The unionist paramilitary UDA has intimidated a Protestant family out of their County Derry home after their son was spotted wearing an Ireland t-shirt.
The mother-of-three said the house was petrol-bombed after her 18-year-old son was seen wearing a t-shirt with the slogan ‘I support Ireland’, in support of the island’s sports teams.
The teenager, who also has a Catholic girlfriend, was wearing the garment on Sunday, according to local SDLP assembly member John Dallat.
The mother and her children have now fled their home in the loyalist Millburn area after a petrol bomb was thrown through a window.
A metal bar was used to smash the double-glazed kitchen window first.
The Protestant woman was at home with her two daughters, who are aged nine and 13, when they heard the attack at around 11pm on Tuesday.
The device did not ignite and no-one was injured but the family were traumatised by their ordeal, according to Mr Dallat.
The assembly member said the UDA “still have a grip” on the Millburn area “and promote themselves with a large mural ‘First Battalion UDA’ on display to intimidate local Catholics.
The UDA forces residents to fly flags outside their homes “and they have no choice -- go out and buy a flag, pay someone to put it up or get your windows broken”, he said.
Mr Dallat said the UDA in Coleraine “have an appalling history of abuse towards anyone who disagrees with them” and the family has now effectively lost the home they owned.
“It’s sad that 14 years after signing the Good Friday Agreement families are being driven out of their homes by paramilitaries.
“When are our hate laws going to be strengthened?”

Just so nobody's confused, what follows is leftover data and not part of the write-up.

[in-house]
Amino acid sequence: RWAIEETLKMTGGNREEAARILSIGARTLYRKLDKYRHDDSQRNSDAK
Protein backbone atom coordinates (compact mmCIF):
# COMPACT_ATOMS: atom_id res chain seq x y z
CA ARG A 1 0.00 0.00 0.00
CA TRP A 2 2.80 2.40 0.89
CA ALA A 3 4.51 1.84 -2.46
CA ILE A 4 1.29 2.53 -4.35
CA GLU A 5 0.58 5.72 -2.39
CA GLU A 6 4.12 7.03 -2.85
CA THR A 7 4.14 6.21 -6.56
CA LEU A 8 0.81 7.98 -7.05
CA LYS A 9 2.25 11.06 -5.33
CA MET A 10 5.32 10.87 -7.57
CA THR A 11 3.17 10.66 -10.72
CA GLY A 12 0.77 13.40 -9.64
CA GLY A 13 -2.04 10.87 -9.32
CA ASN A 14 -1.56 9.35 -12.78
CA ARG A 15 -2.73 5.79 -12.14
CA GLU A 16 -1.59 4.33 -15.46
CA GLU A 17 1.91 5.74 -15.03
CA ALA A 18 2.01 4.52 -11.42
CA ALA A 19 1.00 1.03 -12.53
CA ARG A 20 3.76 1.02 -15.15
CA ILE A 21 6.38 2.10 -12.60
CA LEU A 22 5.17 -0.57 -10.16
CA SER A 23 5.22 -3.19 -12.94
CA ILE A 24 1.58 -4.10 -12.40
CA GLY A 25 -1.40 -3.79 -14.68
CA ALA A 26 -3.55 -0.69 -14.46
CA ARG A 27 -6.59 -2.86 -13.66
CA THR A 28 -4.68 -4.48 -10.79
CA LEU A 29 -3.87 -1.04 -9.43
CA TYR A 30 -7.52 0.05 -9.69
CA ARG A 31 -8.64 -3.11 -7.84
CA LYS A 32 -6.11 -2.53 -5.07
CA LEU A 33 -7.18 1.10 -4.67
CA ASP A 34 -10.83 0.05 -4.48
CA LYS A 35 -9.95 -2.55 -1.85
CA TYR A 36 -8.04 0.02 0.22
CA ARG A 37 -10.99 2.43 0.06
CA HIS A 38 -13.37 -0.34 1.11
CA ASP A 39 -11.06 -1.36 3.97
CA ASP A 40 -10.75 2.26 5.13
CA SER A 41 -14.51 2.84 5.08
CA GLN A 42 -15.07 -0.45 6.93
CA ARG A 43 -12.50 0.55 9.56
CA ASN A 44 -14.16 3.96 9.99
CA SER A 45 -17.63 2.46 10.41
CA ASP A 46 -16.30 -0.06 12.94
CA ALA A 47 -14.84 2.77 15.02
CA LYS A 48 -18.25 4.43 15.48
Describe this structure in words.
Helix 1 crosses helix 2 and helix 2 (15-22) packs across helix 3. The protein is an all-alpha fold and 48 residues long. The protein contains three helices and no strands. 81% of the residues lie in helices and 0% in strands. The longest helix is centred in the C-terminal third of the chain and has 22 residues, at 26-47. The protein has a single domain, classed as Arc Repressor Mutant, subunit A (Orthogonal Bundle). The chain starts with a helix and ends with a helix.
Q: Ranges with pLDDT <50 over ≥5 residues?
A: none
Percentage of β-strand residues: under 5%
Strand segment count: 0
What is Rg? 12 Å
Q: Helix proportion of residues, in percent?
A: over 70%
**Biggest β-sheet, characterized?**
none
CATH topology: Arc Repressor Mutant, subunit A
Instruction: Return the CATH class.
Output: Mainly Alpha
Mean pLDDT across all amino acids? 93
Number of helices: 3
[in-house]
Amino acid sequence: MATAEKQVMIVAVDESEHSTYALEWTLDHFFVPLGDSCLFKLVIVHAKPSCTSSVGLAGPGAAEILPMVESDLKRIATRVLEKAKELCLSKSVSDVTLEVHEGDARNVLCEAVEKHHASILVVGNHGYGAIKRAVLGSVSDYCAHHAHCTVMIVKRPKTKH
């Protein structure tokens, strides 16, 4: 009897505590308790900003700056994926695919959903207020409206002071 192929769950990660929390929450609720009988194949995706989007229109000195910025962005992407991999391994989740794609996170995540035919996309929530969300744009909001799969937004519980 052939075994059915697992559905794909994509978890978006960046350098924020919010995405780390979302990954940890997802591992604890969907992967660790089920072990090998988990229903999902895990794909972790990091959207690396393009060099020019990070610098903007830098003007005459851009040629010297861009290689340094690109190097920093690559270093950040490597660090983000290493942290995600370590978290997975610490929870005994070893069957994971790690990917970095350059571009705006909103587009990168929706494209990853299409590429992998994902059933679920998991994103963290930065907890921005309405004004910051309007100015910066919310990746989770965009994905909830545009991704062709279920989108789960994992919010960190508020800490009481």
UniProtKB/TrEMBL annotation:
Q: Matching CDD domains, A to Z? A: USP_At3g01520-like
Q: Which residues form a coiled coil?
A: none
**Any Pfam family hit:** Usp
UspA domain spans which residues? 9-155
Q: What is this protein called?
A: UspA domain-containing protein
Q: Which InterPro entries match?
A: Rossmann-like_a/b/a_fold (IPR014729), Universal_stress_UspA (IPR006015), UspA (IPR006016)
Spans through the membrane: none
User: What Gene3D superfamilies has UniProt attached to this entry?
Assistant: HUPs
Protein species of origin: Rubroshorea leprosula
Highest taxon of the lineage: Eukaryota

Meanwhile, two loyalists have been convicted in Scotland of plotting to assault manager Celtic soccer manager Neil Lennon, former parliamentarian Trish Godman and the late barrister Paul McBride, as well as people at the republican organisation Cairde na hEireann last year -- by sending mail bombs.
The two, Trevor Muirhead of Kilwinning, and Neil McKenzie of Saltcoats, had been “motivated by hatred”, according to the local police.
A jury of 11 women and four men took almost two and a half hours to find the pair guilty by majority verdict of the conspiracy to assault charge following a five-week trial. A charge of attempted murder had been dropped.
Lennon, who grew up in the North, has been a frequent target for loyalists and was physically attacked on the sidelines of a televised football match last year.
Celtic’s chief executive, Peter Lawwell, added: “No-one could imagine the pressures that this man [Mr Lennon] has been under during the past two years. He has coped with this particular episode, last year’s assault and the, at times, seemingly unrelenting attacks from many quarters.
“In my opinion, no-one in Scottish footballing history has had to contend with this level of pressure whilst trying to do their job.
“Neil Lennon is someone who has shown tremendous strength of character and resilience, and we will continue to support Neil in any way we can.”